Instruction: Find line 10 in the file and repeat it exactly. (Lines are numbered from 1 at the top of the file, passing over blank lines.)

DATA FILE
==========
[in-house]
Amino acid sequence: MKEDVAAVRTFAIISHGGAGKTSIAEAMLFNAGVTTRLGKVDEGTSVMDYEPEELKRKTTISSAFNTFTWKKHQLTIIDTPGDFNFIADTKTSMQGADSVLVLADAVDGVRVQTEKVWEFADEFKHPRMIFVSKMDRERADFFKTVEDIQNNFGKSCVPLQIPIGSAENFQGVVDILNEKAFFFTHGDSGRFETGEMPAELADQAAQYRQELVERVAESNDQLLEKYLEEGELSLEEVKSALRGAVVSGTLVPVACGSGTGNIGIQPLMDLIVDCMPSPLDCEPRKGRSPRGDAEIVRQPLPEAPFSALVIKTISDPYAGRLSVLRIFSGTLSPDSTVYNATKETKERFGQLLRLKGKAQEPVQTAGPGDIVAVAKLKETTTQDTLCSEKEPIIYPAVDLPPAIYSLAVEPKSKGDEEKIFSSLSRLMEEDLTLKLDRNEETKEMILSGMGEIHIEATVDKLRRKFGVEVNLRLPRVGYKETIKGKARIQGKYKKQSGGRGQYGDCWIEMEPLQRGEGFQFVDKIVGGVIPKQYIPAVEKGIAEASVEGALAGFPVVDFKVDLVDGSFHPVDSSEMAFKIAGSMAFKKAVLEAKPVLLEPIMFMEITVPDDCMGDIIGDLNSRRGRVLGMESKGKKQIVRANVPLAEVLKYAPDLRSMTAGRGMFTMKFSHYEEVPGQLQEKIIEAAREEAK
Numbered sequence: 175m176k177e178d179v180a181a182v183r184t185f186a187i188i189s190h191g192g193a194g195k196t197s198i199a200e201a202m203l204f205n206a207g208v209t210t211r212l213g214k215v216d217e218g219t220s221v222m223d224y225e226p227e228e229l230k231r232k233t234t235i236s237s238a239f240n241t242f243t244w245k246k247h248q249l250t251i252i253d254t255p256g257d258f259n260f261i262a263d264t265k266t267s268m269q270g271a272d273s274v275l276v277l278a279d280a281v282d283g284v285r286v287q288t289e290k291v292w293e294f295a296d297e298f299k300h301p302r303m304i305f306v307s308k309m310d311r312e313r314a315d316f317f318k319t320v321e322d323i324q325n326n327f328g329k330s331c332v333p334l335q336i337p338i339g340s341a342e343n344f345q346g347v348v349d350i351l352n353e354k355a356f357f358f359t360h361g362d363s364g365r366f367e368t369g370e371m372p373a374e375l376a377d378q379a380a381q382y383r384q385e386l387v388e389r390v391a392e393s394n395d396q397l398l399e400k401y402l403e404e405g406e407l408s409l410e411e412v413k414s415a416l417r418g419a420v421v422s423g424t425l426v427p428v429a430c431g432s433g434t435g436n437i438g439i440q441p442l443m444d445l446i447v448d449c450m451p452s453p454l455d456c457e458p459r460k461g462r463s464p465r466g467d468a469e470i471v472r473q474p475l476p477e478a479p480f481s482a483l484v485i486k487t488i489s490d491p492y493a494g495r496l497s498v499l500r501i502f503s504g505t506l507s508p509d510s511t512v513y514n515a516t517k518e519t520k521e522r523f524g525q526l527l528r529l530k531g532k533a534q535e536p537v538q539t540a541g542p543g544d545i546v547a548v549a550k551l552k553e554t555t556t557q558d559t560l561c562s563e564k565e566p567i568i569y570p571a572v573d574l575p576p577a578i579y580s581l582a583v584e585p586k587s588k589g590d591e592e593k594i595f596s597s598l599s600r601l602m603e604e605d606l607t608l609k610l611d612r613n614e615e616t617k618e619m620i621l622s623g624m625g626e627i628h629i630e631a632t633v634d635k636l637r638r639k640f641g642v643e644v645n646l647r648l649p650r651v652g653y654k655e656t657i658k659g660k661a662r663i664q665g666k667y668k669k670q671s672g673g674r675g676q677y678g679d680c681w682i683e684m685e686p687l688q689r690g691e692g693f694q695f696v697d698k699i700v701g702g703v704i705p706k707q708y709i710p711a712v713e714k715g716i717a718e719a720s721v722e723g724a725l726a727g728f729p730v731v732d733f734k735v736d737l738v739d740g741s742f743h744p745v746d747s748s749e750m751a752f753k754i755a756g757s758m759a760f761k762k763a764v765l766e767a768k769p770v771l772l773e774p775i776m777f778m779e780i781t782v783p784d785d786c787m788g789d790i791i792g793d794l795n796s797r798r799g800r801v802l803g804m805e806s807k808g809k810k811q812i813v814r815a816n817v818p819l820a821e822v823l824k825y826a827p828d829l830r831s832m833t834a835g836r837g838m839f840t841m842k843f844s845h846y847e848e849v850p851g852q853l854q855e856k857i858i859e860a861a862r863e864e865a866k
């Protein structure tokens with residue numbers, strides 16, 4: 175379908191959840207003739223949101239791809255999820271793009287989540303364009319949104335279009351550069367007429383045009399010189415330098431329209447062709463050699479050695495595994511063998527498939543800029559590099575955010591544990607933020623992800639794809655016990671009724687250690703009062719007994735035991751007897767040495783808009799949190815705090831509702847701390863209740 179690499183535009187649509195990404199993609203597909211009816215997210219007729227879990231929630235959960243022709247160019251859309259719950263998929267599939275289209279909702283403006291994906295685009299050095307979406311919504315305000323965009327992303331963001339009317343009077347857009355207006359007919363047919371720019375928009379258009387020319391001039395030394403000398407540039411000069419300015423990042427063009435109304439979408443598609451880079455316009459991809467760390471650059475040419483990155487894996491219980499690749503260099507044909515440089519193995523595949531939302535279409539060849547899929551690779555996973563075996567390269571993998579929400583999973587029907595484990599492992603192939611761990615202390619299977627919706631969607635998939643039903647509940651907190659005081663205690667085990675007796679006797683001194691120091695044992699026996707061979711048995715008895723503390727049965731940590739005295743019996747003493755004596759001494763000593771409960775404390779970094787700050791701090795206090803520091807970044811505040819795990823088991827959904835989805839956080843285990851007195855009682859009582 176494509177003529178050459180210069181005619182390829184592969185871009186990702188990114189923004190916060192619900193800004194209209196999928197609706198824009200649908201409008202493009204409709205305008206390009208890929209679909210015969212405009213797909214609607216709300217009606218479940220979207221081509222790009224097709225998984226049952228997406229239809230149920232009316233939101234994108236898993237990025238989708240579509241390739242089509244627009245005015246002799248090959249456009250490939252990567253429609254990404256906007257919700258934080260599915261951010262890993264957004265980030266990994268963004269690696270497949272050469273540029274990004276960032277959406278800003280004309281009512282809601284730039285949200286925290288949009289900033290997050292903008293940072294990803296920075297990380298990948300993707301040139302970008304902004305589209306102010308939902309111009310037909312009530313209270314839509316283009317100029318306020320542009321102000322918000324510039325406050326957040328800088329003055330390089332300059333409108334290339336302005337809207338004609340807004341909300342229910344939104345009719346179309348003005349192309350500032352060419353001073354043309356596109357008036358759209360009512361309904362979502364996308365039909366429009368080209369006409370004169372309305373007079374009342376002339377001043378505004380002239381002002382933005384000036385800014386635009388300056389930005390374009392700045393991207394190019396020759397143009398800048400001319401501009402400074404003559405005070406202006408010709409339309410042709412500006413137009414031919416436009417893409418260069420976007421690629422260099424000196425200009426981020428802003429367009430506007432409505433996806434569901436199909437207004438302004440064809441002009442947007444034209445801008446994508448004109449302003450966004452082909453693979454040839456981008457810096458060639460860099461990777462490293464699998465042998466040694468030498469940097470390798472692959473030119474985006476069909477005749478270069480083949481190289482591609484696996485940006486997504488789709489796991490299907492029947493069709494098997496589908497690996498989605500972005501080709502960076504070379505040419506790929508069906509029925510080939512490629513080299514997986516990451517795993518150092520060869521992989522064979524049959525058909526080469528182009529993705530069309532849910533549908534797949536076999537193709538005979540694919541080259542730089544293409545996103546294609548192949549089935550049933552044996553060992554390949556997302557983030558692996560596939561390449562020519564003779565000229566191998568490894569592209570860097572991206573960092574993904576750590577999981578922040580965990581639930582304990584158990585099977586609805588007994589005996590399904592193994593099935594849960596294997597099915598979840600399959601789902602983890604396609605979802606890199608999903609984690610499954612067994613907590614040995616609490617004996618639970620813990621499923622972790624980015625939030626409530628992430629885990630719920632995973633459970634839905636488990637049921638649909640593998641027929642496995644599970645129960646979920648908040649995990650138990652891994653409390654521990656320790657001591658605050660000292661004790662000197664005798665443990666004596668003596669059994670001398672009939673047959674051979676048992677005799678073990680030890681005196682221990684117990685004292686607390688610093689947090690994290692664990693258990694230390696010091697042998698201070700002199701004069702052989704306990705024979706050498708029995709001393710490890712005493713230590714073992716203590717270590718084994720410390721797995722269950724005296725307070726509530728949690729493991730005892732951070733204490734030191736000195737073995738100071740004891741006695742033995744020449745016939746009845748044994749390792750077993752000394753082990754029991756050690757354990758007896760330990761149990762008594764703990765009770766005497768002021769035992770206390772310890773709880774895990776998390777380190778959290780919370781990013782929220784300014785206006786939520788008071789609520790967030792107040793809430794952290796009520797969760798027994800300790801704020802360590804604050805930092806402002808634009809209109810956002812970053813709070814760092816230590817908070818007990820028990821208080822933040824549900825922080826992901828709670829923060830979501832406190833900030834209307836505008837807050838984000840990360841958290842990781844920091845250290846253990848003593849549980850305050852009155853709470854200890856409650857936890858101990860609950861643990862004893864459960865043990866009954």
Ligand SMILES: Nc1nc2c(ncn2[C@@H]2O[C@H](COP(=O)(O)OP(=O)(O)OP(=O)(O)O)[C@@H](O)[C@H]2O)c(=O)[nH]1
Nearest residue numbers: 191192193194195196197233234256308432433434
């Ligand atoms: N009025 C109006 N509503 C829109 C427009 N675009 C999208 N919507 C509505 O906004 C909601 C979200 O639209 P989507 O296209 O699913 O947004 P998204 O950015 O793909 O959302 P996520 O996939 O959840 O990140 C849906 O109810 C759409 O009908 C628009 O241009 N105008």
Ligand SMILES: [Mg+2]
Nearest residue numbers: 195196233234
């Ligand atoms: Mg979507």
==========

């Ligand atoms: Mg979507």